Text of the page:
One of the perennial issues we face is that those in developed nations advocating for ‘less livestock’ have voices that can drown out the different concerns of those in developing nations that want and need ‘more and better livestock’.
Here’s what some of us working in ‘livestock for development’—that is, towards better lives through livestock—would like those to understand who are arguing for the whole world to go vegetarian—to end all consumption of milk, meat and eggs—or even, as recently advocated by a leading environmental journalist at The Guardian, to end all forms of animal husbandry entirely.
We’d like these individuals and groups to be aware that the repeated blanket anti-livestock pronouncements now being made in the major media of the Global North—published generally with well-meaning intentions of bettering human diets and health, or animal welfare or the environment—are taking on a life of their own.
The accelerating anti-livestock rhetoric is now exerting undue influence on global livestock investments and policies, many of which continue to pay little heed to, or even understanding of, the economic, food, nutrition, health and other exigencies of the Global South.
This anti-livestock rhetoric, though typically intended for the constituencies of the world’s wealthier countries, which have ready access to many options for healthy diets, rarely makes that distinction clear, and thus can easily end up hurting members of the world’s poorest communities in some of the world’s poorest nations, for whom livestock remain central to livelihoods—and to life itself.
To paraphrase Oscar Wilde, some Western media pundits appear to know the (environmental) price of everything but nothing of the (real) value farm animals bring to millions of impoverished people.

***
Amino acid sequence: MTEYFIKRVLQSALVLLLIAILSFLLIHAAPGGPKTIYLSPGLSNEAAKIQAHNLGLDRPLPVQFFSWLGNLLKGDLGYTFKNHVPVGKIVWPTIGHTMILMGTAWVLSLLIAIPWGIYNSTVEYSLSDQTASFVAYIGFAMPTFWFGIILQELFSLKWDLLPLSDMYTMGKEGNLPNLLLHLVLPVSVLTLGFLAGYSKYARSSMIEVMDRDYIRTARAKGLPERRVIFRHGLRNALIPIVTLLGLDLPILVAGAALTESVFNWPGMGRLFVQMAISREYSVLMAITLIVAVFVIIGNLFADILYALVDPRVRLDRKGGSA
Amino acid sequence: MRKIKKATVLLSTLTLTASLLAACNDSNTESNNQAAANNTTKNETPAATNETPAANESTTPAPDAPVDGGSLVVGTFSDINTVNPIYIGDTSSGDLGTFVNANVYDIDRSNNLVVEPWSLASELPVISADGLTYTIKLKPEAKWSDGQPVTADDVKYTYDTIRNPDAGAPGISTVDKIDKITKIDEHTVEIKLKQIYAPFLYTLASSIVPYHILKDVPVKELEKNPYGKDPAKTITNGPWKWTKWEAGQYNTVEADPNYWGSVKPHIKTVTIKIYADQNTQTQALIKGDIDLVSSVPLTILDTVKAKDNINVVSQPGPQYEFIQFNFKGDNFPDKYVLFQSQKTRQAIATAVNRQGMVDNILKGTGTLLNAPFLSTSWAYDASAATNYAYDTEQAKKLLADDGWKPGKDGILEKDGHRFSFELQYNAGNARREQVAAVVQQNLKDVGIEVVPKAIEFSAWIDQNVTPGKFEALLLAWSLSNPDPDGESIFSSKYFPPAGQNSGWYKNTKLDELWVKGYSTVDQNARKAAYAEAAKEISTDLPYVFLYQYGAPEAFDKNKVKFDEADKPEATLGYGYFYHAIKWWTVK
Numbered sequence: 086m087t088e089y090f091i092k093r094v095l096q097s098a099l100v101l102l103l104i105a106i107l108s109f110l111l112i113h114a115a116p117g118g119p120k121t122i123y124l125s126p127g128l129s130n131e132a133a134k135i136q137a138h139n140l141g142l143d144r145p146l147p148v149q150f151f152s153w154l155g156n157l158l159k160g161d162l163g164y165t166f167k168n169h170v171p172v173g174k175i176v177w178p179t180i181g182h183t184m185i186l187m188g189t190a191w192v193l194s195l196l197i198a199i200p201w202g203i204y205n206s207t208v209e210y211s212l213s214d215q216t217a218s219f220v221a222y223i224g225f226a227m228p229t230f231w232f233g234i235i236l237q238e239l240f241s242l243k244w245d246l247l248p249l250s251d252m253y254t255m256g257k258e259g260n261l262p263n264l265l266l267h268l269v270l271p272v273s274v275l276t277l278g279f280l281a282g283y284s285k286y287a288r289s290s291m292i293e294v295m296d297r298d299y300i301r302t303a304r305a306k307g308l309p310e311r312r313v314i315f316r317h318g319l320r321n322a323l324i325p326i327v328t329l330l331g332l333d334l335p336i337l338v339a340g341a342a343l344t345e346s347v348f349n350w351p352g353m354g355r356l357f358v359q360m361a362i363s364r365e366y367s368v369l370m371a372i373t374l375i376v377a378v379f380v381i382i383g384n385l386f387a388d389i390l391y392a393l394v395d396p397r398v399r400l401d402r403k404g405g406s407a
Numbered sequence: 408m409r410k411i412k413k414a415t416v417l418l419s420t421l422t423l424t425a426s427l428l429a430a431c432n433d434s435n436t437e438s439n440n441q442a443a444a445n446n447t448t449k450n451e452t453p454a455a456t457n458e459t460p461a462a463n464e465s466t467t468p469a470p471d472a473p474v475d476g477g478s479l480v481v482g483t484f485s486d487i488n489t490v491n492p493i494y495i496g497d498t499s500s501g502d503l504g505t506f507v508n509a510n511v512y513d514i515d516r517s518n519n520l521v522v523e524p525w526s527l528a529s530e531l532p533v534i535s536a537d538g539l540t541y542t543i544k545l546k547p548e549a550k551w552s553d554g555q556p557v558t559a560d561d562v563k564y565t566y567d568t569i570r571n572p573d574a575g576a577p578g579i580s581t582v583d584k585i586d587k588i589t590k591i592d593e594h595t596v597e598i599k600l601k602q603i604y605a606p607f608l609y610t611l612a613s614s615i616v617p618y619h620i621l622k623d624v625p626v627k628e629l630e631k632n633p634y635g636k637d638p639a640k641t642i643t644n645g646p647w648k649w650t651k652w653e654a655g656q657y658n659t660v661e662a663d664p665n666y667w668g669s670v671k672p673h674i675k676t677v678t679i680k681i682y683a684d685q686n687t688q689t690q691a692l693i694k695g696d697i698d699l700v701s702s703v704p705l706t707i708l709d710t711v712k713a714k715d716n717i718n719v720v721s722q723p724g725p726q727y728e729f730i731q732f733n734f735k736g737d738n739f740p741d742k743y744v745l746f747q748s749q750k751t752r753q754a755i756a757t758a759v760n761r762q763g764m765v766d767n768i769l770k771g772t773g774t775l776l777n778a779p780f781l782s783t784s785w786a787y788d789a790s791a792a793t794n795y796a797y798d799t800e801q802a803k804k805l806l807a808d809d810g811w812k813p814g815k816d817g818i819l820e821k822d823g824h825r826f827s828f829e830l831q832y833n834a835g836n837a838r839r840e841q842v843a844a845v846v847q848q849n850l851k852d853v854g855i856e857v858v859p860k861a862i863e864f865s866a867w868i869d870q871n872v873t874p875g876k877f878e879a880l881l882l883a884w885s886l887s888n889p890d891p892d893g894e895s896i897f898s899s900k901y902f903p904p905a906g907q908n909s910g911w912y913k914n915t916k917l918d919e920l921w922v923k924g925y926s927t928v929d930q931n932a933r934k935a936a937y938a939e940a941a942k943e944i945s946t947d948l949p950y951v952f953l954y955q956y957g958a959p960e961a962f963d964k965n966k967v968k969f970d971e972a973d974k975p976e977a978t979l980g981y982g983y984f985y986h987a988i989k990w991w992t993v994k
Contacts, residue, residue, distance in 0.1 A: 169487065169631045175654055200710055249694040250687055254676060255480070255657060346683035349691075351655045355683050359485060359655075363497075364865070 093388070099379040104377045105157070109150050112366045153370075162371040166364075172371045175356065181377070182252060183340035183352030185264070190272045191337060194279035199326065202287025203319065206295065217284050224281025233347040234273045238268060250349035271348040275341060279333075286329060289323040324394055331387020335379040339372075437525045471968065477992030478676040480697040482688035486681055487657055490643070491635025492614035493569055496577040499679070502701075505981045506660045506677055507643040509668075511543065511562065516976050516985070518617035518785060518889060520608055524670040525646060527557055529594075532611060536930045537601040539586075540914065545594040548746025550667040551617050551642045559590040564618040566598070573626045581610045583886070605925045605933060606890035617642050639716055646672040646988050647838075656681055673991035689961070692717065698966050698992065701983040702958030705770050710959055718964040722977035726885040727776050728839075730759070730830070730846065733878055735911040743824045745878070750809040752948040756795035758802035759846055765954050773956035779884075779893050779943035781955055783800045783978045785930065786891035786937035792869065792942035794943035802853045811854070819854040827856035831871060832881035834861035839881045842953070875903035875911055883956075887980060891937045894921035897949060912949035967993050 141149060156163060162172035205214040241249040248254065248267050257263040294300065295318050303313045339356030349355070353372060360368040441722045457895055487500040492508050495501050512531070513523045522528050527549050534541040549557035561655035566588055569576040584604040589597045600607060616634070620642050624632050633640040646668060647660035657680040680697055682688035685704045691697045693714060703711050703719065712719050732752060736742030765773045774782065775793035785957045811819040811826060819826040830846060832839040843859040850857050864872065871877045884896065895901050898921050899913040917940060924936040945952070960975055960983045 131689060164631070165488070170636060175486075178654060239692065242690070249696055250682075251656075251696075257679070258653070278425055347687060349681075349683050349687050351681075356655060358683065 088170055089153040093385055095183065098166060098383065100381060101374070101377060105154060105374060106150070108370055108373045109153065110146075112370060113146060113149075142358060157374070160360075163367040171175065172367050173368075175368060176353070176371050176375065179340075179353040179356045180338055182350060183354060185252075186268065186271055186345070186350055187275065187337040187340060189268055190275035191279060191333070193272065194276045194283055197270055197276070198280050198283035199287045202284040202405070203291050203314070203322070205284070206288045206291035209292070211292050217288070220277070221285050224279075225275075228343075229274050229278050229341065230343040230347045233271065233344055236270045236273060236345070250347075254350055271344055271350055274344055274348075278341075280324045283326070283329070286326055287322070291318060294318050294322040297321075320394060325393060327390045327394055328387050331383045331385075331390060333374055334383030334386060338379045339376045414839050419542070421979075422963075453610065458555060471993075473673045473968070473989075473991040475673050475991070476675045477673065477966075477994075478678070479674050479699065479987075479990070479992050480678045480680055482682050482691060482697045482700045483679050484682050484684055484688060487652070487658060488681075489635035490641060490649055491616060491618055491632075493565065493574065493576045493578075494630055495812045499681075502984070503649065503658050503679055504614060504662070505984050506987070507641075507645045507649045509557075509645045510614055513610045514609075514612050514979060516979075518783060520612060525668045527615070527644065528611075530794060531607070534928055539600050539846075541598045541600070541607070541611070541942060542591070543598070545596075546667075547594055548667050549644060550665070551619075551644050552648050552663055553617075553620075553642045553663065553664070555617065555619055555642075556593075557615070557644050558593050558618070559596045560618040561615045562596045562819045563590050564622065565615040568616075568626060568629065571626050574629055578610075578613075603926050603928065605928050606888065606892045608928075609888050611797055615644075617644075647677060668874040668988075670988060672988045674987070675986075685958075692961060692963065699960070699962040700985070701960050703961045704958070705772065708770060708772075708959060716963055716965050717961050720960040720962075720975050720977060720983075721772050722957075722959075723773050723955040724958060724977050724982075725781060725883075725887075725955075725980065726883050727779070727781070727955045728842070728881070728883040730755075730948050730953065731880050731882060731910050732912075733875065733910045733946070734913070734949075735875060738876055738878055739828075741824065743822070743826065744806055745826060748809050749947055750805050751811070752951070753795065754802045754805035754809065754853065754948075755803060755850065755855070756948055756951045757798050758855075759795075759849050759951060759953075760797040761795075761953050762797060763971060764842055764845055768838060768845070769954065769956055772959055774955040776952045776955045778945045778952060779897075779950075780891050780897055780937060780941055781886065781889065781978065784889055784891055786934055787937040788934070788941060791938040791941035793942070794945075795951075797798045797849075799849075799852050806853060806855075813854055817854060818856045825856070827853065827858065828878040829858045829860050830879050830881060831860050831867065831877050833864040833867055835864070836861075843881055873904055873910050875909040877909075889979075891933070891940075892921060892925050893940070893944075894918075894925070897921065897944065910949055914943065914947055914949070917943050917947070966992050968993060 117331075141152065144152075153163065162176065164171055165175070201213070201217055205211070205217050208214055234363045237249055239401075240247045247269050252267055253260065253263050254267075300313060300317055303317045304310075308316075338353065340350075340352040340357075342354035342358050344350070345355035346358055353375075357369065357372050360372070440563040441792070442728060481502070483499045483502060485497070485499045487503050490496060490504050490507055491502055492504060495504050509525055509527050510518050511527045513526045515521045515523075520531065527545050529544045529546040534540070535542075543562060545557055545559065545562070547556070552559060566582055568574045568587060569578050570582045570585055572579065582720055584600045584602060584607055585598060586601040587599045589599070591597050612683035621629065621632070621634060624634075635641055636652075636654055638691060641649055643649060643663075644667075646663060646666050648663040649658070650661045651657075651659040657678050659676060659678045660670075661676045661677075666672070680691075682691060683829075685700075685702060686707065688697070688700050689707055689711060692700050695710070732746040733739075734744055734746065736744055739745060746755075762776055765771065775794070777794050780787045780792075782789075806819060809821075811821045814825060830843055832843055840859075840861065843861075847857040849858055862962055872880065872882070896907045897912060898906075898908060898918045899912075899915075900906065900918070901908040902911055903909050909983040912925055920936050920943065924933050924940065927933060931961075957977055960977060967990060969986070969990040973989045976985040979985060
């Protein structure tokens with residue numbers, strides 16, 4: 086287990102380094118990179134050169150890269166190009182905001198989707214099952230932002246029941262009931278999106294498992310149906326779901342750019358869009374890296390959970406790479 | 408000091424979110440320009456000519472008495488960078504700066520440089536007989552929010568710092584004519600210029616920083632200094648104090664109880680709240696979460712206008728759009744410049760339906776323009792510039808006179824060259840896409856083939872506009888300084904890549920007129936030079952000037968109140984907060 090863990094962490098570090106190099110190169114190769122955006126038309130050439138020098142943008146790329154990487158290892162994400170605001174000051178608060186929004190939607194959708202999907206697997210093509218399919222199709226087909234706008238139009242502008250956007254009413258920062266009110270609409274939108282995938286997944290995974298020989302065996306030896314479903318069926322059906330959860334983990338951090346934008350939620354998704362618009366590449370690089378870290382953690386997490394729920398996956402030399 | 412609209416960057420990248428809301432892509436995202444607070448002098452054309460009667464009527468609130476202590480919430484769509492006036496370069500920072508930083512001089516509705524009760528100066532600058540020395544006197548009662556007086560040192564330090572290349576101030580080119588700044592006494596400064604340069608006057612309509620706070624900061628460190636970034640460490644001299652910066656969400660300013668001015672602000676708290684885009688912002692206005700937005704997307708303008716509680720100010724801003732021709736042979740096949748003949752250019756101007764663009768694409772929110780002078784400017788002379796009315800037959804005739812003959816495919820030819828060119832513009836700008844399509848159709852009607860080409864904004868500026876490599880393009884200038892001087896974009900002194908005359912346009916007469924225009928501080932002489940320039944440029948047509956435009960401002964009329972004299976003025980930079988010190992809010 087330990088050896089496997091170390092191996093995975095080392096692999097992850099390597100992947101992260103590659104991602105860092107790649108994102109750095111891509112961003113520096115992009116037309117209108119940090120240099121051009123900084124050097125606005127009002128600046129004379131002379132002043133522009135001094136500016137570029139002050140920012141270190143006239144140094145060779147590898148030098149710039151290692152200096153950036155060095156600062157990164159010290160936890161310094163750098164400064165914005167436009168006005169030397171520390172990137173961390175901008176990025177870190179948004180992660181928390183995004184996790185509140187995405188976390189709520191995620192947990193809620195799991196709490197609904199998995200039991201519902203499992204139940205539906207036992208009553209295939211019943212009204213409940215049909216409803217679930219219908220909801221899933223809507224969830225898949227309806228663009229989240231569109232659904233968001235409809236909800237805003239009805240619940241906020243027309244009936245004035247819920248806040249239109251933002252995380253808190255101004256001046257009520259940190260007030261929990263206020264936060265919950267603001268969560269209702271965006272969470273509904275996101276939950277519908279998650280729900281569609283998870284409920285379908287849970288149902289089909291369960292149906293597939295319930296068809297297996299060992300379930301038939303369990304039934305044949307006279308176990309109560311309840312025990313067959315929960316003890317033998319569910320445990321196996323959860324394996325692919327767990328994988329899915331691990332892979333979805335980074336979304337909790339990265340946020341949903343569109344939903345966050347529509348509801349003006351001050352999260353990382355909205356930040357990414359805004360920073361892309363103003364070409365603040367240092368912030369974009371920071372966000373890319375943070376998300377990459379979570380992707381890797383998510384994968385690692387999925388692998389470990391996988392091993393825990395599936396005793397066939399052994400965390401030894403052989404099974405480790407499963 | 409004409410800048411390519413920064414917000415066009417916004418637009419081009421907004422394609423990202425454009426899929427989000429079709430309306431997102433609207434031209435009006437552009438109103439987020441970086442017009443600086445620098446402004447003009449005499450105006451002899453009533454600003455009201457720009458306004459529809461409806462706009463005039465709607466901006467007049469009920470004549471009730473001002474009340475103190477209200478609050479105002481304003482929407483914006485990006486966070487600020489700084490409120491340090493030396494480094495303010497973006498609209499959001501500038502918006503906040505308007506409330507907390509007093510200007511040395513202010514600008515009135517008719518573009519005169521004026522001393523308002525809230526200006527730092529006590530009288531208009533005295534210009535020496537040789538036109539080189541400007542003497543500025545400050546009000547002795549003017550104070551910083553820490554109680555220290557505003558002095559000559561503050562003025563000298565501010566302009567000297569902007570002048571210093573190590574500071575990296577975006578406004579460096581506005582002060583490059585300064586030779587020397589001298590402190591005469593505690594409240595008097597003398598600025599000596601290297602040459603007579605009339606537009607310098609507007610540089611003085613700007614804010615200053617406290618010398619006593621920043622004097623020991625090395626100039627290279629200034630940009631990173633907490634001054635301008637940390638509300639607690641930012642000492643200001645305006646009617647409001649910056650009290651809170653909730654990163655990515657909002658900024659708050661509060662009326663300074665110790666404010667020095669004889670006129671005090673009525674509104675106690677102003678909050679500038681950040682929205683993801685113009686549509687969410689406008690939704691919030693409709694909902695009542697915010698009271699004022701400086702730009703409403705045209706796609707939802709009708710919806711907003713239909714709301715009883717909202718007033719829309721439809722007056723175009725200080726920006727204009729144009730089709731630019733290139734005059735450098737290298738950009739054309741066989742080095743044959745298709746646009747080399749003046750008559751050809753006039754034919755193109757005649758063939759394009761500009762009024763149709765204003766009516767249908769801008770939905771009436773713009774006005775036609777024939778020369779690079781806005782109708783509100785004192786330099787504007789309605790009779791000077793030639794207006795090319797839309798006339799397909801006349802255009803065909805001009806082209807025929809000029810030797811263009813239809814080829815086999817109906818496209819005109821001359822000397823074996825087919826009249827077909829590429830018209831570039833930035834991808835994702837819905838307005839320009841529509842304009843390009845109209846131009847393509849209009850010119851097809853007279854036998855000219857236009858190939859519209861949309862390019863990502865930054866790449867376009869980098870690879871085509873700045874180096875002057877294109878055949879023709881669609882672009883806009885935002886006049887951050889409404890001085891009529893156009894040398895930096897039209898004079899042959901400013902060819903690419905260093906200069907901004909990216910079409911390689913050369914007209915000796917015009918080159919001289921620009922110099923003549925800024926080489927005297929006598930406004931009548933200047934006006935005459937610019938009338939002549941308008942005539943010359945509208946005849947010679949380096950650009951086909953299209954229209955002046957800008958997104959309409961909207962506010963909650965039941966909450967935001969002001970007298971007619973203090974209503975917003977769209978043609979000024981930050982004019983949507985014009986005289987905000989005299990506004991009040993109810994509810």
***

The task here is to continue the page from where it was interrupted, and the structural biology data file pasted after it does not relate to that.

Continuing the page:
What would help is if all those with particularly influential voices were to become more ‘global-aware’—that is, more disciplined about making explicit what communities they are addressing with their impassioned arguments, and what communities might be disserved, and possibly harmed, by their arguments.
What would help is if all those working for developing-country constituencies take actions to wrest back control of the livestock narrative—and make it more compelling—as it relates to low- and middle-income countries.
What would help is developing an appetite for ambiguity—for attending to alternative opinions, and to the (unspoken) perspectives and hopes and fears that give rise to them.
What would help is staying mindful of scientific consensus—and being willing to change our minds when presented with new evidence from reputable scientific sources.
What would help is understanding that we’re all interconnected—and that we (really do) have all the resources needed to support both the planet and all its peoples. If we can agree, for example, that under-consumption of calories and nutrients—with its knock-on and lifelong harms to human health, productivity and well-being—is a problem as deserving of our global and national attention as over-consumption of food and its knock-on health and other impacts, then we at least have a good start for inclusive policy dialogues about nutrition.
The more we are able to be inclusive in our problem statements, the greater are our chances to come up with practical as well as equitable and enduring solutions.
This opinion piece by Susan MacMillan, Team Leader of Communications, Awareness and Advocacy for ILRI, was featured in ILRI’s weekly Taking Stock newsletter. Find more opinions on the ILRI Opinions Pinterest board.